The Premise
UR lives are filled with dreams. They're part of our human nature, and asleep or awake, whether we like it or not, we dream. While asleep, we think in as
rich terms as when our eyes are wide open, but experience tells us we don’t recall all of that thought. Or do we? We may ask the same of our so-called conscious ideas, but we already know part of the answer. We retain very little of what we experience every day, year after year, in conscious memory. Somehow though, everything seems to affect the outcomes of our lives in some ways we often don’t understand, for which we can’t quite always just put our fingers on the causes. Rote and repetition convince us that what we forget was probably not important or necessary anyway. This, we say, is Life’s way of dealing with us as we grow older, forgetting much of what we learned and most of whom we’ve met along the way. Any dreamer, faced with this as the most plausible, must begin to wonder if there is anything more to Life than merely to dream—only to forget what they have meant to us, or if they ever were meaningful at all.
I have been a dreamer all of my life. My experience tells me that I am not alone, if the many conversations I’ve had with countless others reflect a fraction of what I find true. Dreams are the stuff of which all of our thoughts are made. That may seem to be a very blunt assessment, but I’m convinced it’s true, enough to ask a few questions of anyone who may doubt it. Of course, to make such a claim I am ready to be challenged by critics and disbelievers alike. I can only leave it up to those who would honestly answer some simple queries asked of them to decide. Before I do ask them however, I would like to build the suspense even a little more, and again, only drawing from my own experience. I would beg the forgiveness of any who disclaim my authority, but I suspect it will prove to be ample experience I have from which to draw upon.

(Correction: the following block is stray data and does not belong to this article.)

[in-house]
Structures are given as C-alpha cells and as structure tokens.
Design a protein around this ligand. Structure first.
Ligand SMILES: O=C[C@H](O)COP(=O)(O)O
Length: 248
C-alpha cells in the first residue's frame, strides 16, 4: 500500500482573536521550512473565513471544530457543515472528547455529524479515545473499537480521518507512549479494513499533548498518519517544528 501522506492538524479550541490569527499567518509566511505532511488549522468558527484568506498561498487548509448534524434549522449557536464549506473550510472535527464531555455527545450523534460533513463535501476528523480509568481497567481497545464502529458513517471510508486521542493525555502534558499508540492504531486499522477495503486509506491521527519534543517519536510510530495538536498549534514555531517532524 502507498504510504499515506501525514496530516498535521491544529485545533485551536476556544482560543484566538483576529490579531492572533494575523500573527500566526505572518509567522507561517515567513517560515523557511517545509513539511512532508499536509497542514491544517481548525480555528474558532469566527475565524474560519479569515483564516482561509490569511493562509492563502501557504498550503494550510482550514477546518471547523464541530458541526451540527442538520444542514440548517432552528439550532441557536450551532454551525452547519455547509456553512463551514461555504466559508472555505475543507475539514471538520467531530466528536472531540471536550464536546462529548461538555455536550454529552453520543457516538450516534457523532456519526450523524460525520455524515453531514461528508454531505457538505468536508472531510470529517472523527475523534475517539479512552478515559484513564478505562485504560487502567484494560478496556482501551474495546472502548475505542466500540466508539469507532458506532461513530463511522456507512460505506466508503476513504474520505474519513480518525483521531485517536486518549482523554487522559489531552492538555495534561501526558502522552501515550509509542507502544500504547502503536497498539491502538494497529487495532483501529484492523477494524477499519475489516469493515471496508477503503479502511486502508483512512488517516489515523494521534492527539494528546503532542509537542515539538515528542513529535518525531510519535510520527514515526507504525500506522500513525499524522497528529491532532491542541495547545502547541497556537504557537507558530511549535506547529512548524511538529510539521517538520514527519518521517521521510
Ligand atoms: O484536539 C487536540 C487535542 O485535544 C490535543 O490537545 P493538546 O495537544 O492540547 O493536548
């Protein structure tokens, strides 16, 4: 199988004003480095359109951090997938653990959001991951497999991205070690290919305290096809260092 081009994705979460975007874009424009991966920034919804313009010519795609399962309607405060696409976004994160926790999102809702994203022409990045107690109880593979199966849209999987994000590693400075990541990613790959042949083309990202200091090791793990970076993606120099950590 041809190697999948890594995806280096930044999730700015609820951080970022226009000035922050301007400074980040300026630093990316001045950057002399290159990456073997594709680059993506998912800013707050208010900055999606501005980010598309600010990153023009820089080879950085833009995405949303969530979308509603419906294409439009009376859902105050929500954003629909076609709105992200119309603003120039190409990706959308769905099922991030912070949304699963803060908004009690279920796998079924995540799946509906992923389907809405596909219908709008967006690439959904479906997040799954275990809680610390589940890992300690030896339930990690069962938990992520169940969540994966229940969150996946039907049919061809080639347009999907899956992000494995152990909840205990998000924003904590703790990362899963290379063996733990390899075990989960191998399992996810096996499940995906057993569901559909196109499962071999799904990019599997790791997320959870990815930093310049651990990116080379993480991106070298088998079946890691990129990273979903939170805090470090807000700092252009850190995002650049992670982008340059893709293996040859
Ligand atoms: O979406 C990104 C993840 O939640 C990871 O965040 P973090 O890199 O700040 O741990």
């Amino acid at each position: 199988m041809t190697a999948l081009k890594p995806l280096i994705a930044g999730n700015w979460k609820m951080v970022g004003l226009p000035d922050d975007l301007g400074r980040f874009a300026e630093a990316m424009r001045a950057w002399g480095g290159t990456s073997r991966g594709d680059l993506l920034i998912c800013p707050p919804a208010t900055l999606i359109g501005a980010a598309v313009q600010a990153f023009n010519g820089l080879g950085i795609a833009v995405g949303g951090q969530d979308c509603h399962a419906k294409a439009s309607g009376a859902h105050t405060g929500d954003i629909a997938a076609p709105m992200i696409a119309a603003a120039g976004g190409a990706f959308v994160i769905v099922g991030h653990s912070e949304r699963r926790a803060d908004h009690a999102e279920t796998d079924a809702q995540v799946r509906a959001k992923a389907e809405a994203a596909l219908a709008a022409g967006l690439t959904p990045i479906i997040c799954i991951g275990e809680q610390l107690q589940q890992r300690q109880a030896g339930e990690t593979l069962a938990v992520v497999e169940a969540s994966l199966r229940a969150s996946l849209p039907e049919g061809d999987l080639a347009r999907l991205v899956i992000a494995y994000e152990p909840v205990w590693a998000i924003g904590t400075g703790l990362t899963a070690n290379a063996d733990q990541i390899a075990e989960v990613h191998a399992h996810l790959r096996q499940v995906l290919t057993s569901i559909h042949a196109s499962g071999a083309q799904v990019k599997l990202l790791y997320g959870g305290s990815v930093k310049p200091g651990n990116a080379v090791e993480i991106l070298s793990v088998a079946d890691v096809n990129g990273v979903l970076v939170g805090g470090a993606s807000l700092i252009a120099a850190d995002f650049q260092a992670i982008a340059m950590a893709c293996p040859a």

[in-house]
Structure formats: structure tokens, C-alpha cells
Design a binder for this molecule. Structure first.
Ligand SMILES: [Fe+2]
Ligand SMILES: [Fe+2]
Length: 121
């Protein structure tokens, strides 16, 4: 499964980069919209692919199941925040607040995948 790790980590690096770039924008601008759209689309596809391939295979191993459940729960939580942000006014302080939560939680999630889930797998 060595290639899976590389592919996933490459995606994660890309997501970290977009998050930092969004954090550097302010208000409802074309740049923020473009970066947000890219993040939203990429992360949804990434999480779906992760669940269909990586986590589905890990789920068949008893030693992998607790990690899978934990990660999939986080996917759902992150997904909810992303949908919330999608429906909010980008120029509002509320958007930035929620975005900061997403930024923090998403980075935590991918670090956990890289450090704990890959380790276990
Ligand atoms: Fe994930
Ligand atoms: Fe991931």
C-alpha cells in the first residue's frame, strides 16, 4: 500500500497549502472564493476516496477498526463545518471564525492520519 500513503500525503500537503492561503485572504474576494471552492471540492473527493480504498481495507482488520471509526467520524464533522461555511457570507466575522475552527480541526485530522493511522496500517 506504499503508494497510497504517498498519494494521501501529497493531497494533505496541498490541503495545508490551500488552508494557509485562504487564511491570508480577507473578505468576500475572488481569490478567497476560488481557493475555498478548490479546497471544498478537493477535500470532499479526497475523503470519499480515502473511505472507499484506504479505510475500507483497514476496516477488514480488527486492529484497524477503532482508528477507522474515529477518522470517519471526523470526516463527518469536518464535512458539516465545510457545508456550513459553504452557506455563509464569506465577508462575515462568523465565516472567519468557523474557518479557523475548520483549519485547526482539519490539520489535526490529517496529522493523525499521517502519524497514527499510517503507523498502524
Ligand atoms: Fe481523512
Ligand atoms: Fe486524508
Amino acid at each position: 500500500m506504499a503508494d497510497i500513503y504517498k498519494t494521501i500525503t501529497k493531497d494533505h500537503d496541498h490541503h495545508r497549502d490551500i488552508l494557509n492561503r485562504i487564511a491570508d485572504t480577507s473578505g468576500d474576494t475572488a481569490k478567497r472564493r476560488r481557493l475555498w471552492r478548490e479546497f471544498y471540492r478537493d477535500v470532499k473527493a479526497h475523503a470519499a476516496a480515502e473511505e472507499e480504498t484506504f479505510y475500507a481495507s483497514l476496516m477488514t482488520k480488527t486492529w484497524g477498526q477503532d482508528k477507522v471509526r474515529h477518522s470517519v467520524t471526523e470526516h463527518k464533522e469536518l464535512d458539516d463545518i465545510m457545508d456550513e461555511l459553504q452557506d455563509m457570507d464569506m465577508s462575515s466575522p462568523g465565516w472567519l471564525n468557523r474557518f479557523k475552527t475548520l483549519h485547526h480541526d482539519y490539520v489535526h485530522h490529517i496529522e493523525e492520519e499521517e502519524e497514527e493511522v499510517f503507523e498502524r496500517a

The challenge is not to prove the existence of dreams. Although science cannot absolutely, testimony indicates beyond a reasonable doubt that people across the boards do dream. Research has even shown that when people are deprived of the ability or opportunity to dream, strange, even dangerous changes in their perceptions begin to affect their minds, their well-being, their lives, and the lives of others who may happen to be involved with them. So from a purely medical or health perspective, doctors and researchers have shown us that what we’ve come to classically call dreaming is essential to sound mental wellness. What science cannot explain about our dreams though, is how or why we do. For that matter, no one really understands the process of sleep, and why we, or any animals do sleep is still a mystery to us all.
The abundance of dreams is another matter. When we dream, perhaps as great a challenge to ask of scholars and laymen alike isn’t only a question of specifics or duration, but also paramount to the claim I make herein.
Back   Next